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Sport and Work on the Nepaul Frontier eBook

This eBook from the Gutenberg Project consists of approximately 318 pages of information about Sport and Work on the Nepaul Frontier.

One tiger was killed stone dead by a single bullet during one of our annual hunts, and falling back into the water, it sank to the bottom like lead.  Being unable to find the animal, we beat all round the place, till I suggested it might have been hit and fallen into the river.  One of the men was ordered to dive down, and ascertain if the tiger was at the bottom.  The river water is generally muddy, so that the bottom cannot be seen.  Divesting himself of puggree, and girding up his loins, the diver sank gently to the bottom, but presently reappeared in a palpable funk, puffing and blowing, and declaring that the tiger was certainly at the bottom.  The foolish fellow thought it might be still alive.  We soon disabused his mind of that idea, and had the dead tiger hauled up to dry land.

Surprised by floods, a tiger has been known to remain for days on an ant-hill, and even to take refuge on the branch of some large tree, but he takes to water readily, and can swim for over a mile, and he has been known to remain for days in from two to three feet depth of water.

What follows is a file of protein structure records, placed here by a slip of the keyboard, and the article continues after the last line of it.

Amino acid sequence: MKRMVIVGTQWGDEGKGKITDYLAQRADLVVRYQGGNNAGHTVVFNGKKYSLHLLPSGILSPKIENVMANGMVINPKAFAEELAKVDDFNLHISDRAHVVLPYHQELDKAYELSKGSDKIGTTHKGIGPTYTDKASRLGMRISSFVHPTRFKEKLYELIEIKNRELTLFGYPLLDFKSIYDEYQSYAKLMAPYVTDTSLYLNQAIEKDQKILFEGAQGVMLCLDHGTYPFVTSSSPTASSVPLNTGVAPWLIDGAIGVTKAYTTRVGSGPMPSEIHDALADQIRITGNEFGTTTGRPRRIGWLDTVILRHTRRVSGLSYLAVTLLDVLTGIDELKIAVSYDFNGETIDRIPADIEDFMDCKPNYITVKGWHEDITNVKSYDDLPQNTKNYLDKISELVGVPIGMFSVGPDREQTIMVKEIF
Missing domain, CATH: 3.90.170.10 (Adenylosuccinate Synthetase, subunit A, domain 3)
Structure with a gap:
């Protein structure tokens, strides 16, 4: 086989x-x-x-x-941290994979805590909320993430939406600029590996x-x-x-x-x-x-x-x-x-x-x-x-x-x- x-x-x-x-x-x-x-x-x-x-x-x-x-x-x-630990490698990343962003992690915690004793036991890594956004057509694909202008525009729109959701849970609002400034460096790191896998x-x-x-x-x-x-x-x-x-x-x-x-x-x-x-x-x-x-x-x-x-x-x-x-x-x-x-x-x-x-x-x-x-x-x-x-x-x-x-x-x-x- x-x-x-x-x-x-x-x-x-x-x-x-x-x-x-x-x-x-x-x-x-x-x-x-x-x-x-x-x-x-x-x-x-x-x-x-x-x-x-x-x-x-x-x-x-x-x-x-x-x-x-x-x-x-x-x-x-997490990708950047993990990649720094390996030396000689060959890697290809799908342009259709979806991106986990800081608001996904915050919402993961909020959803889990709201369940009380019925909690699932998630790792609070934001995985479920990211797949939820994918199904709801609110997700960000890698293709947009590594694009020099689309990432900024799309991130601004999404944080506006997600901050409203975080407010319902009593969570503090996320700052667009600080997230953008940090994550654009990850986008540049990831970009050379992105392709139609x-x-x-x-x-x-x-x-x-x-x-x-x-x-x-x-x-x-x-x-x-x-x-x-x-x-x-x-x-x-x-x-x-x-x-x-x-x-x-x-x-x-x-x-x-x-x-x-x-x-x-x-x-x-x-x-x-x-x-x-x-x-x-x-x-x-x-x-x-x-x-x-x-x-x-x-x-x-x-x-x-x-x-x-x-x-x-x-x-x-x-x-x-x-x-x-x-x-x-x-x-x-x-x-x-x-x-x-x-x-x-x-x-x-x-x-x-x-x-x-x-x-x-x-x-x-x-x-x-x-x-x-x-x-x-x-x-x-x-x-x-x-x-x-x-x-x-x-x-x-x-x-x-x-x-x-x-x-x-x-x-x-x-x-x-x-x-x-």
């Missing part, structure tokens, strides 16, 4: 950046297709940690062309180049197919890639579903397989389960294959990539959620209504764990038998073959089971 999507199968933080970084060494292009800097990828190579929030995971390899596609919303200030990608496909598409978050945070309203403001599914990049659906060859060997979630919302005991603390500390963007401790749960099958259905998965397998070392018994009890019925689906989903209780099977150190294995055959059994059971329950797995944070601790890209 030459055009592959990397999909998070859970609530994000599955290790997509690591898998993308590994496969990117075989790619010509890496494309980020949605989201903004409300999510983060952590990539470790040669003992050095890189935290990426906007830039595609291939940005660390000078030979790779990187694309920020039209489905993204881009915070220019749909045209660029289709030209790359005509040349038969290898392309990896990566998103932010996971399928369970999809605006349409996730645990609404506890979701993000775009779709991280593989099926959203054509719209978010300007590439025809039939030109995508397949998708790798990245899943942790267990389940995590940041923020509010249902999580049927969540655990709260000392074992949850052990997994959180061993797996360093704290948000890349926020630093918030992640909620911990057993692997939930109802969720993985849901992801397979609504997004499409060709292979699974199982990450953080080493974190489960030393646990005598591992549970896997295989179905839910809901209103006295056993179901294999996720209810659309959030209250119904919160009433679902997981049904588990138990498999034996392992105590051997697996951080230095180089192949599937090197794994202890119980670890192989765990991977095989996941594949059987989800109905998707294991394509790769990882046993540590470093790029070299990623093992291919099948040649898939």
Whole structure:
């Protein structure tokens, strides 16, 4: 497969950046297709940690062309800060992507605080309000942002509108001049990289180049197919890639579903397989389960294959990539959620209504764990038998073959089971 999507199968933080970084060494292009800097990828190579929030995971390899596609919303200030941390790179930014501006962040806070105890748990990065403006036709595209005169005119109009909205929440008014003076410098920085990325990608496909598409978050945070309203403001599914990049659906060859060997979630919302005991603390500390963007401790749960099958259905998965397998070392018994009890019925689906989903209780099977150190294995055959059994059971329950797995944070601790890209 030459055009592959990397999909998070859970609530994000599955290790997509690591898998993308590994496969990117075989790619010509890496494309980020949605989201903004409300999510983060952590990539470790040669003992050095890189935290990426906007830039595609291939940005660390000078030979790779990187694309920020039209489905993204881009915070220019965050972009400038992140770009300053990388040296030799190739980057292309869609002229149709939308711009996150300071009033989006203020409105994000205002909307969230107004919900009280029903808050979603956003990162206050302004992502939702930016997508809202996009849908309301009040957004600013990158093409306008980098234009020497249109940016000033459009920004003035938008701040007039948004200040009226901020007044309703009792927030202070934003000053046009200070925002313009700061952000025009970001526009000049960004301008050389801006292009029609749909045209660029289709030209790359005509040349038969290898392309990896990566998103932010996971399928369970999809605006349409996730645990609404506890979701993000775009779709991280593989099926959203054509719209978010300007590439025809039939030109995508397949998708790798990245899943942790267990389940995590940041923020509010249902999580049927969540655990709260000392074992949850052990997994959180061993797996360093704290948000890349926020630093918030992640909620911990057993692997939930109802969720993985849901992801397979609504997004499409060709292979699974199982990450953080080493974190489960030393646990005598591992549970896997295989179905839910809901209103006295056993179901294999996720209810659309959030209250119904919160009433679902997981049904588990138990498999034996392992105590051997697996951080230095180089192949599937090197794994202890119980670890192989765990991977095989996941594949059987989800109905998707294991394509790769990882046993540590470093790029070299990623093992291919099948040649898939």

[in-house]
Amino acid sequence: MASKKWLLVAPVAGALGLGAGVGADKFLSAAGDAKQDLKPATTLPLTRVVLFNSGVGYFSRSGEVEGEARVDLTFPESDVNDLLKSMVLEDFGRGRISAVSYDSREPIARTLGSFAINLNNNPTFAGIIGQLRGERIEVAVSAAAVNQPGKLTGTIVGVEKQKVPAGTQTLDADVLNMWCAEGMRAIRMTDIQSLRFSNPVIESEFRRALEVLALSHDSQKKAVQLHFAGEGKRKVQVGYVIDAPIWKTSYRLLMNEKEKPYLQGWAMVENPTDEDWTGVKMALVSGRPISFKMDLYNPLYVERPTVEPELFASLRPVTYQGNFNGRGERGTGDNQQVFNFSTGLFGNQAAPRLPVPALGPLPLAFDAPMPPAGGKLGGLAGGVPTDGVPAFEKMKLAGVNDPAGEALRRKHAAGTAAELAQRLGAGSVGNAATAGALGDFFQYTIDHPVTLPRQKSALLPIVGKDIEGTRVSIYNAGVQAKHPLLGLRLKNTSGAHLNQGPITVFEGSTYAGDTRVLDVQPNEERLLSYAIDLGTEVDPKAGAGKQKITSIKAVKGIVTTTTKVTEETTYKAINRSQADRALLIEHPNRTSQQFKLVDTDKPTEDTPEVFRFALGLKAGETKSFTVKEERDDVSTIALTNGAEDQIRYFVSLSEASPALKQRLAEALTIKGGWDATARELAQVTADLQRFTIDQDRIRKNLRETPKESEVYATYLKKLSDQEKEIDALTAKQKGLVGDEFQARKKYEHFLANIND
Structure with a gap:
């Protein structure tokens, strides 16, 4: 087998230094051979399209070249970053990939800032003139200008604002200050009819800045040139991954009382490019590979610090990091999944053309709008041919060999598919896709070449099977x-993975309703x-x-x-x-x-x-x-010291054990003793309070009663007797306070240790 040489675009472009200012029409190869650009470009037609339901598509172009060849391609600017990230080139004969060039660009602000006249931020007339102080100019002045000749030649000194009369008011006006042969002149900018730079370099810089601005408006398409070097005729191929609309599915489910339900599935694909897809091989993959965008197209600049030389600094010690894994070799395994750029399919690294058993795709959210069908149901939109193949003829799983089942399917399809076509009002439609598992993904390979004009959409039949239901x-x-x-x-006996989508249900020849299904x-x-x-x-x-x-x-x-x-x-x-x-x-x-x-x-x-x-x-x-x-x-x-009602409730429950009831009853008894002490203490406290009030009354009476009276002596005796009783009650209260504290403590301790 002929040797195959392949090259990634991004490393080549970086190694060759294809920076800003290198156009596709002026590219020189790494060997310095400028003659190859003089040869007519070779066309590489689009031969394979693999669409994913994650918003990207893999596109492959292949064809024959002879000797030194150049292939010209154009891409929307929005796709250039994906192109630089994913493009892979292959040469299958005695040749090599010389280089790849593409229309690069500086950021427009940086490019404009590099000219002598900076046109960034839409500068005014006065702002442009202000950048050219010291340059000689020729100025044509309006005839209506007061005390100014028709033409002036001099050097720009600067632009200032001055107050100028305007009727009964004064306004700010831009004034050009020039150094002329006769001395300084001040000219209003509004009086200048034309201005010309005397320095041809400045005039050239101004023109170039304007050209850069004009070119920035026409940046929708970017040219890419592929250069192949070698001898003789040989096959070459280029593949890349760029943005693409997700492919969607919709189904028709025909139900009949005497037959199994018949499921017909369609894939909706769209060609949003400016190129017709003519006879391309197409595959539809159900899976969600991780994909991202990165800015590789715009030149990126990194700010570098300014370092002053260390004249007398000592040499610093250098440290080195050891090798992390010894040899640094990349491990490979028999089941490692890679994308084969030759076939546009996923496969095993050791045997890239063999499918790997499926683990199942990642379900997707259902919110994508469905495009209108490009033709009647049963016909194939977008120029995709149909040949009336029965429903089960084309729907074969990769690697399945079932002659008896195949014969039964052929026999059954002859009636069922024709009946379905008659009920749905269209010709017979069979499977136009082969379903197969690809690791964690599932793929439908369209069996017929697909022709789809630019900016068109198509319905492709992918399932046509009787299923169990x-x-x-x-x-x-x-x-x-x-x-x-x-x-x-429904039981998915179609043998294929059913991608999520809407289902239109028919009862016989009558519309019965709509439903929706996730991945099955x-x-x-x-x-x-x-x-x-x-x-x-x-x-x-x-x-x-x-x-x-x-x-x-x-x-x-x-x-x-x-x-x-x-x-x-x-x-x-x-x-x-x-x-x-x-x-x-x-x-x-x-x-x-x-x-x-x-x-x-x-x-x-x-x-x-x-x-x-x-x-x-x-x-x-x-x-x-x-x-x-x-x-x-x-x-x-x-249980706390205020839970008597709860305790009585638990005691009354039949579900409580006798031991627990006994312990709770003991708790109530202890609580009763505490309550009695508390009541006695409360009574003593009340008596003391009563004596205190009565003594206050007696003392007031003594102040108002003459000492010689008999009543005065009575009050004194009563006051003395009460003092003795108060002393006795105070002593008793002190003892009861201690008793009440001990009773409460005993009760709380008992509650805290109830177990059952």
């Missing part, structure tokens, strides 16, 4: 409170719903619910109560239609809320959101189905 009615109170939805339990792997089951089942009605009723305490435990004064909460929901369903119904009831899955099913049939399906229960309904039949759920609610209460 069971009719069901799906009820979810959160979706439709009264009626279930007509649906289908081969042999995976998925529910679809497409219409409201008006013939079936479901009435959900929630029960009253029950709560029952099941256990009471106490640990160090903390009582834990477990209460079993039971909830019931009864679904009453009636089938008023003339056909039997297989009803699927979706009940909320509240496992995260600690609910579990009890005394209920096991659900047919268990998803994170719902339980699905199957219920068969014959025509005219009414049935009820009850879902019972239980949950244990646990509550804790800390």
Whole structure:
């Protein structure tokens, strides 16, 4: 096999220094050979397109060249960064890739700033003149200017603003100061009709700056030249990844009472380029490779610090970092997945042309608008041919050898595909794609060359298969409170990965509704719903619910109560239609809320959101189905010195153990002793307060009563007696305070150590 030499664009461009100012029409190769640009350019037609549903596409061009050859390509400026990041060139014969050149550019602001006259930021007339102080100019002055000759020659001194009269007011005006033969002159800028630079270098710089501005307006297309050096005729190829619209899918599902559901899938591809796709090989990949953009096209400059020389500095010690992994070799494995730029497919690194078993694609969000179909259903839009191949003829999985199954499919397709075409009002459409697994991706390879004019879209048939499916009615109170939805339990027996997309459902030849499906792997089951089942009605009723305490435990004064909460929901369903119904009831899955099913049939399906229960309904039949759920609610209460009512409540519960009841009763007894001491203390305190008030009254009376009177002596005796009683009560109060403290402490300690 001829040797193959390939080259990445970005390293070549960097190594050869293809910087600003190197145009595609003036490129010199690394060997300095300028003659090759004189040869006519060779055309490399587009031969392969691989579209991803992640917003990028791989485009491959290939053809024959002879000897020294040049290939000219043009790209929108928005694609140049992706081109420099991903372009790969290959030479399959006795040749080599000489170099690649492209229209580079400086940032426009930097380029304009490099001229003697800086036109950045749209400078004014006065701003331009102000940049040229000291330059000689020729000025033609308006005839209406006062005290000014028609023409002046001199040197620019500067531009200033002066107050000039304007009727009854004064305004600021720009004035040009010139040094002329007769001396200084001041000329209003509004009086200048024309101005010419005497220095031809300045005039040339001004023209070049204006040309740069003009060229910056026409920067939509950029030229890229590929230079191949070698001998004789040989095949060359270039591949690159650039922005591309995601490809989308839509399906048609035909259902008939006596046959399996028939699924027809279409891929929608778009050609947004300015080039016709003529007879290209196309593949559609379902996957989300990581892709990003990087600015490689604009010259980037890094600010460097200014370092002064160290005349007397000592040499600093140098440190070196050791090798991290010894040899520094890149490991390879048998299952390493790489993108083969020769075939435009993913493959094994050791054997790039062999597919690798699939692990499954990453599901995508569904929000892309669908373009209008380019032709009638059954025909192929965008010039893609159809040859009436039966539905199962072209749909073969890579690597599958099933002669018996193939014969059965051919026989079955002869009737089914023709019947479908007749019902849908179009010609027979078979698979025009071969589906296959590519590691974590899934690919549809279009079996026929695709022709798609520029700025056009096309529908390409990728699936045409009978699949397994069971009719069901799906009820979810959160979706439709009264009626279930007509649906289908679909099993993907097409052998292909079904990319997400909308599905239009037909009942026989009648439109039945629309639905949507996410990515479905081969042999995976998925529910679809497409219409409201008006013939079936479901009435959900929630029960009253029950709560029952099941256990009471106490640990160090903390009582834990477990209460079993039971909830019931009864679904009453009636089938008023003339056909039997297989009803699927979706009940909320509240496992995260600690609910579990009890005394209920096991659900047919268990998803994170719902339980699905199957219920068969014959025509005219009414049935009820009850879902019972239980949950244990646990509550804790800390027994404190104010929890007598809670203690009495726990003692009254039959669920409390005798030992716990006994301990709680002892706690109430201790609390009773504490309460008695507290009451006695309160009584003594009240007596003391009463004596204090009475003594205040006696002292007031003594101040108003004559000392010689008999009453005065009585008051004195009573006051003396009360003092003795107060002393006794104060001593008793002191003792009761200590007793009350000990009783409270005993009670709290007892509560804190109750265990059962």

A time-honoured tiger story with old hands, used to tell how the Soonderbund tigers got carried out to sea.  If the listener was a new arrival, or a gobe mouche, they would explain that the tigers in the Soonderbunds often get carried out to sea by the retiring tide.  It would sweep them off as they were swimming from island to island in the vast delta of Father Ganges.  Only the young ones, however, suffered this lamentable fate.  The older and more wary fellows, taught perhaps by sad experience, used always to dip their tails in, before starting on a swim, so as to ascertain which way the tide was flowing.  If it was the flow of the tide they would boldly venture in, but if it was ebb tide, and there was the slightest chance of their being carried out to sea, they would patiently lie down, meditate on the fleeting vanity of life, and like the hero of the song—­

  ‘Wait for the turn of the tide.’

Without venturing an opinion on this story, I may confidently assert, that the tiger, unlike his humble prototype the domestic cat, is not really afraid of water, but will take to it readily to escape a threatened danger, or if he can achieve any object by ’paddling his own canoe.’

CHAPTER XX.

No regular breeding season.—­Beliefs and prejudices of the natives about tigers.—­Bravery of the ‘gwalla,’ or cowherd caste.—­Clawmarks on trees.—­Fondness for particular localities.—­Tiger in Mr. F.’s howdah.—­Springing powers of tigers.—­Lying close in cover.—­Incident.  —­Tiger shot with No. 4 shot.—­Man clawed by a tiger.—­Knocked its eye out with a sickle.—­Same tiger subsequently shot in same place.—­Tigers easily killed.—­Instances.—­Effect of shells on tiger and buffalo.—­Best weapon and bullets for tiger.—­Poisoning tigers denounced.—­Natives prone to exaggerate in giving news of tiger.—­Anecdote.—­Beating for tiger.—­Line of elephants.—­Padding dead game.—­Line of seventy-six elephants.—­Captain of the hunt.—­Flags for signals in the line.  —­’Naka,’ or scout ahead.—­Usual time for tiger shooting on the Koosee.—­Firing the jungle.—­The line of fire at night.—­Foolish to shoot at moving jungle.—­Never shoot down the line.—­Motions of different animals in the grass.

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